2. The critique of capitalism — Marx argues that in capitalist society, an economic minority (the bourgeoisie) dominate and exploit the working class (proletariat) majority. Marx argues that capitalism is exploitative, specifically the way in which unpaid labor (surplus value) is extracted from the working class (the labor theory of value), extending and critiquing the work of earlier political economists on value. He argued that while the production process is socialized, ownership remains in the hands of the bourgeoisie…

3. Advocacy of proletarian revolution — In order to overcome the fetters of private property the working class must seize political power internationally through a social revolution and expropriate the capitalist classes around the world and place the productive capacities of society into collective ownership. Upon this, material foundation classes would be abolished and the material basis for all forms of inequality between humankind would dissolve.

Did Lenin or Stalin or Mao apply this? That can be argued. They did seize private property and force people into “collective ownership and labor” and yes, they did smash the inequality between social orders…they made everyone miserable (except the “public servants” struggling at the top…Lenin, Stalin and Mao didn’t seem to be short of anything). As Sir Winston Churchill said, “The inherent vice of capitalism is the unequal sharing of blessings; the inherent virtue of socialism is the equal sharing of miseries.”

Why didn’t it work? Because it goes against man’s natural yearning. Man doesn't live to be directed to do something for others…he lives to better himself by pursuing his self interest. If he sweats his ass off and gets no more than a idiot who just sits there, quickly he becomes lazy…hey, that’s the point of busting your ass when I get as much as the other guy screwing off.

BTY, it’s not greed that makes capitalism so efficient. In one of the biggest false lines from a movie people like to say quote Michael Douglas in Wall Street, “Greed is good”. No, he said “that greed, for lack of a better word, is good.” There are better words. Ambition. Drive. Desire. Determination. Motivation. Freedom. Liberty. Those are the things that drive people to do extraordinary things, like Henry Ford with the assembly line, Fred Smith with shipping packages and Bill Gates with software.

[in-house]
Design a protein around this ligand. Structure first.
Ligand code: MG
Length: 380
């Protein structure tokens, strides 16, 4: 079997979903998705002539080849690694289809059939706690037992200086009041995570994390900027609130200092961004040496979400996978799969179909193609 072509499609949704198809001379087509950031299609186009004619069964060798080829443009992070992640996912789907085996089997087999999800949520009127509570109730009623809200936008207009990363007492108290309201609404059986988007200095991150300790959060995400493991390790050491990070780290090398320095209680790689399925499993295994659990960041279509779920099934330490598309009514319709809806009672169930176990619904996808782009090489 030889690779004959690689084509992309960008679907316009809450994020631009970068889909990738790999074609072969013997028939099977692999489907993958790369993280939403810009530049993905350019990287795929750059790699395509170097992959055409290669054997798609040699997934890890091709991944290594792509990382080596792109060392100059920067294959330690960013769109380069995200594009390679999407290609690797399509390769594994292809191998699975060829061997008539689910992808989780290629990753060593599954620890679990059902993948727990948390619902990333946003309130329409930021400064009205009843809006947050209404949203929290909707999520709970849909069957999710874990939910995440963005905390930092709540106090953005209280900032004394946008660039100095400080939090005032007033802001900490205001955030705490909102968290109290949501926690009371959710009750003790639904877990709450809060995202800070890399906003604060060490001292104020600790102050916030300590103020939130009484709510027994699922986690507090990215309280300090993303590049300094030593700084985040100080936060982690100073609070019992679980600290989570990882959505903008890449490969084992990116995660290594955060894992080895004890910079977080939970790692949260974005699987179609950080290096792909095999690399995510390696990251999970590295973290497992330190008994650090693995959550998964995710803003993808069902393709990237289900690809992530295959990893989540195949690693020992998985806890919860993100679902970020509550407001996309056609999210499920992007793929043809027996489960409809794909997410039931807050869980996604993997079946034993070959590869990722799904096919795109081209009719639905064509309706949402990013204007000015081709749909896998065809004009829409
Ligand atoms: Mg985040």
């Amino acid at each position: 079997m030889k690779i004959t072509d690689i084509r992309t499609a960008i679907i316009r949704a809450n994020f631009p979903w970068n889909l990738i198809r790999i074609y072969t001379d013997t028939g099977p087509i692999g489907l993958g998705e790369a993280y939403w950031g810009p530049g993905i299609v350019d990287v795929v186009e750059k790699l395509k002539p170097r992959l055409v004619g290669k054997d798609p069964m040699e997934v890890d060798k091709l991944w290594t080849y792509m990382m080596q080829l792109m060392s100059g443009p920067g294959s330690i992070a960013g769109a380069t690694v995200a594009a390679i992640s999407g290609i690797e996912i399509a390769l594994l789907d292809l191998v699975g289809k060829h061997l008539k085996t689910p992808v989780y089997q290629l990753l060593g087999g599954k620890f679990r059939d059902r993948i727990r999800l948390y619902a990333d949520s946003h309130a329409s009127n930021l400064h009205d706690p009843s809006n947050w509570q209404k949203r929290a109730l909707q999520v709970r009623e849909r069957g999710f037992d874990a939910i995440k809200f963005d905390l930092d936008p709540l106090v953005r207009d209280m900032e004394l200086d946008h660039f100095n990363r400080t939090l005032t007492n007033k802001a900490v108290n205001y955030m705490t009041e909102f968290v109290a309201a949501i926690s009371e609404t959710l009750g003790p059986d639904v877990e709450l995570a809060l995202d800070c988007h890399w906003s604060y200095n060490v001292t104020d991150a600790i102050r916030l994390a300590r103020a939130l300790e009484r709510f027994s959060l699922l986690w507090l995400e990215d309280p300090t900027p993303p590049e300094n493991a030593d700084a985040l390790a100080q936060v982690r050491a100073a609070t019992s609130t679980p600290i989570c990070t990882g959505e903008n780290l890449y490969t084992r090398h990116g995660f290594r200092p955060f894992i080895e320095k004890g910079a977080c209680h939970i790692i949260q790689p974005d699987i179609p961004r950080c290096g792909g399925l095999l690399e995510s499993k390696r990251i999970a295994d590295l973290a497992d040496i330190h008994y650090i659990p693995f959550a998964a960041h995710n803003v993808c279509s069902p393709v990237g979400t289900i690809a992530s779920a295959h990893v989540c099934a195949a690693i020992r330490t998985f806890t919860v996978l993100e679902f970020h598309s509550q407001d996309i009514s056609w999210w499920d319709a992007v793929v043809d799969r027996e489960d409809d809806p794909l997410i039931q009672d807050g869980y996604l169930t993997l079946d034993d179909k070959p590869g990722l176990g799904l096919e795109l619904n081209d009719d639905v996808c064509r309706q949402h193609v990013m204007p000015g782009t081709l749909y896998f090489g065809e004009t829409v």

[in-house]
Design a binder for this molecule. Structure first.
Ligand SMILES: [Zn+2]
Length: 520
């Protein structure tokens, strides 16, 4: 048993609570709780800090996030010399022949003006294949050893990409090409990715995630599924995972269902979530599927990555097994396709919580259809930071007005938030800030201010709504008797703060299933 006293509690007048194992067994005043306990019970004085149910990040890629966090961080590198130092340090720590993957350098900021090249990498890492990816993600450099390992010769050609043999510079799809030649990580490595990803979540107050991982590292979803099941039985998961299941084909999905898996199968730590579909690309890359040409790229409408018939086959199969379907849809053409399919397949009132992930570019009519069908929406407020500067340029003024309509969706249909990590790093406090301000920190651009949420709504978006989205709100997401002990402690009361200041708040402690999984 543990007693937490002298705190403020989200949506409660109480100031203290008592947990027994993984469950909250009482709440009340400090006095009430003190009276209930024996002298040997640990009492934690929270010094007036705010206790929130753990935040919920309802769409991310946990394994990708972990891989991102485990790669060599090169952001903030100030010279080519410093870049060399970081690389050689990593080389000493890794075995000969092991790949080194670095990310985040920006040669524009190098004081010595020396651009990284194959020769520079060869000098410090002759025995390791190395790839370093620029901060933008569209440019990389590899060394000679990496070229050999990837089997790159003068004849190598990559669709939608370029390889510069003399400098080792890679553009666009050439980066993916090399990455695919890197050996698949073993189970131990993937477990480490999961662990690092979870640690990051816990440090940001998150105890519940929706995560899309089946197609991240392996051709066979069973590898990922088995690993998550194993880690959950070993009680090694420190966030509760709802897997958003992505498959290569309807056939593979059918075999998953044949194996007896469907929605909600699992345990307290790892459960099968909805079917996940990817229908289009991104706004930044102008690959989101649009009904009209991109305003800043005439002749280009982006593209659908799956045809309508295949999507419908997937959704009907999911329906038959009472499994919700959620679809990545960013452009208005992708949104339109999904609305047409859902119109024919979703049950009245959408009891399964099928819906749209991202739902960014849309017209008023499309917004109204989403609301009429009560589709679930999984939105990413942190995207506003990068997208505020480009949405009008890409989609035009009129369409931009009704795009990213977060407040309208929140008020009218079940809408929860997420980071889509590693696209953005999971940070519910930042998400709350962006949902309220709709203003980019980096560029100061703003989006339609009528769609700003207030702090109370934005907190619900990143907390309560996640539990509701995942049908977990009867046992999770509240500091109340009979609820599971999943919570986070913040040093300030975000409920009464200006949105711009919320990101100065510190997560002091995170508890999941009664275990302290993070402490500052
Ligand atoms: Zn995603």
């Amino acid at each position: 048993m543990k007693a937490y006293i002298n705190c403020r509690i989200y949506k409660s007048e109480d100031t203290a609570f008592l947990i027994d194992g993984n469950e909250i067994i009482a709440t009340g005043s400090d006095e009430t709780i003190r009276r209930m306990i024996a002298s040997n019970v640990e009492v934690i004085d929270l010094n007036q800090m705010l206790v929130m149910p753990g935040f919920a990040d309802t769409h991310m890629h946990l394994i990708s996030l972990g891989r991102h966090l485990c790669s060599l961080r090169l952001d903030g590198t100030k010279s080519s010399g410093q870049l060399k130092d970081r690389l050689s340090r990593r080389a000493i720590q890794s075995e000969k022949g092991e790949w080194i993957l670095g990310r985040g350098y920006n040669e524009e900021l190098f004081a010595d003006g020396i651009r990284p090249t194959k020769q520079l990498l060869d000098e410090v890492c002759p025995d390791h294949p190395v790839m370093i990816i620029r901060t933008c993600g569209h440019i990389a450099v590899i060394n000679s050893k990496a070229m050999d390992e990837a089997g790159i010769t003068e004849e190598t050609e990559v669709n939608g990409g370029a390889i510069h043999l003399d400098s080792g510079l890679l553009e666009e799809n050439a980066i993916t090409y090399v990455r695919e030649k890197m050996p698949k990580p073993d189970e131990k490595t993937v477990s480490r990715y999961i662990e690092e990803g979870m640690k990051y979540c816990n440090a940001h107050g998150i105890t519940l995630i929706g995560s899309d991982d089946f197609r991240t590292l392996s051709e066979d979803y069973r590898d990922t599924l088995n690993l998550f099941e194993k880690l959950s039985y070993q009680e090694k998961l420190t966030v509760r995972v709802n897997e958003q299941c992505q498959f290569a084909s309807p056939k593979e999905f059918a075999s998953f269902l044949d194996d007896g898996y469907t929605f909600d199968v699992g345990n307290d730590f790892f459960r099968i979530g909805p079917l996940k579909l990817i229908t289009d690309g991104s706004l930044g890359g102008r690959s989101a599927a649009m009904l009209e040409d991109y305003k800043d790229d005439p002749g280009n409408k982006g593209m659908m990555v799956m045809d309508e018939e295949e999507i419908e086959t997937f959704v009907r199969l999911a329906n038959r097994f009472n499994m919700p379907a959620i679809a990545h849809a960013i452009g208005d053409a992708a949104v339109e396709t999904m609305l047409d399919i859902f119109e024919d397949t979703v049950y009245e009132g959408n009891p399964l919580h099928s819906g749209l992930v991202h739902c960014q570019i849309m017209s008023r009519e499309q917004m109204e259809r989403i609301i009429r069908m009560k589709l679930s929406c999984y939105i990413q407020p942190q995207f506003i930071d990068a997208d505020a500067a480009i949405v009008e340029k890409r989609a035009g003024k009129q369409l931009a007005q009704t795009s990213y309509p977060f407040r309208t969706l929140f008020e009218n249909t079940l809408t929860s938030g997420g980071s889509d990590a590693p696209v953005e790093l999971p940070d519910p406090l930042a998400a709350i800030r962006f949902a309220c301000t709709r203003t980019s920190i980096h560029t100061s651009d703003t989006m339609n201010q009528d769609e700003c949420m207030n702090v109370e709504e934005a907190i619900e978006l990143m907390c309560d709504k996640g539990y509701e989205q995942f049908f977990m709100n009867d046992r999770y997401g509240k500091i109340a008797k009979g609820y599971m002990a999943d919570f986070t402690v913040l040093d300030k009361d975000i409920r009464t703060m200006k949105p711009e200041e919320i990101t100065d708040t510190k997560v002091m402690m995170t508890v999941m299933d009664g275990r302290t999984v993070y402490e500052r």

So yes, I say Marxism was applied literally in the 20th century and is still going on in certain countries like the worker’s paradises of Cuba and North Korea. Again I ask you, where has it worked?

maxutils said...

Well, you can say it was applied literally, but it wasn't. Each of those societies, as you asserted, had an elite at the top that 'did not want for anything.' That was not Marx's vision at all. Rather, that is socialism. Marx envisioned a society where all labor was rewarded in proportion to its usefulness and efficiency, and where there was communal ownership of resources. His quarrel with the capitalist was that the capitalist had not provided any direct labor of his own, but rather had profited from his ability to put together capital resources which made his laborers more efficient than they would have been otherwise; these continued profits would lead to greater class distinctions and further 'exploitation'. Marx advocated revolution not because he liked revolution, but rather because he recognized that capitalists would not give up the deal they had willingly.

That said, I agree that it doesn't reward innovation, and as such is doomed to failure. It doesn't change the fact, though, that it is a well reasoned theory from a moral standpoint. Adam Smith ran with the labor theory of value, but conveniently departed from it when it was convenient.

And, I wouldn't cite Gecko about greed, I'd go to Smith . . . to paraphrase, 'each man, working only to seek his own best interest is led as if by an invisible hand to promote the welfare of society as a whole.' Or something like that.

Just because Marxists were seen to be the enemy for so long, and because their system doesn't work well in practice, doesn't mean you can't take something of value from the theory. It's very easy to say communism = bad, and be done with it, but it's fairly close minded to do so.

Finally, there are kibbutzes in Israel and small collectives in France that work very well using the Marxist model -- however a) they are small, and limited in scope, b) everyone involved buys into the system, and c) they might well be better off if they followed a capitalist model.

maxutils said...

Pardon . . . 'kibbutzim'. I',m such a goy . . .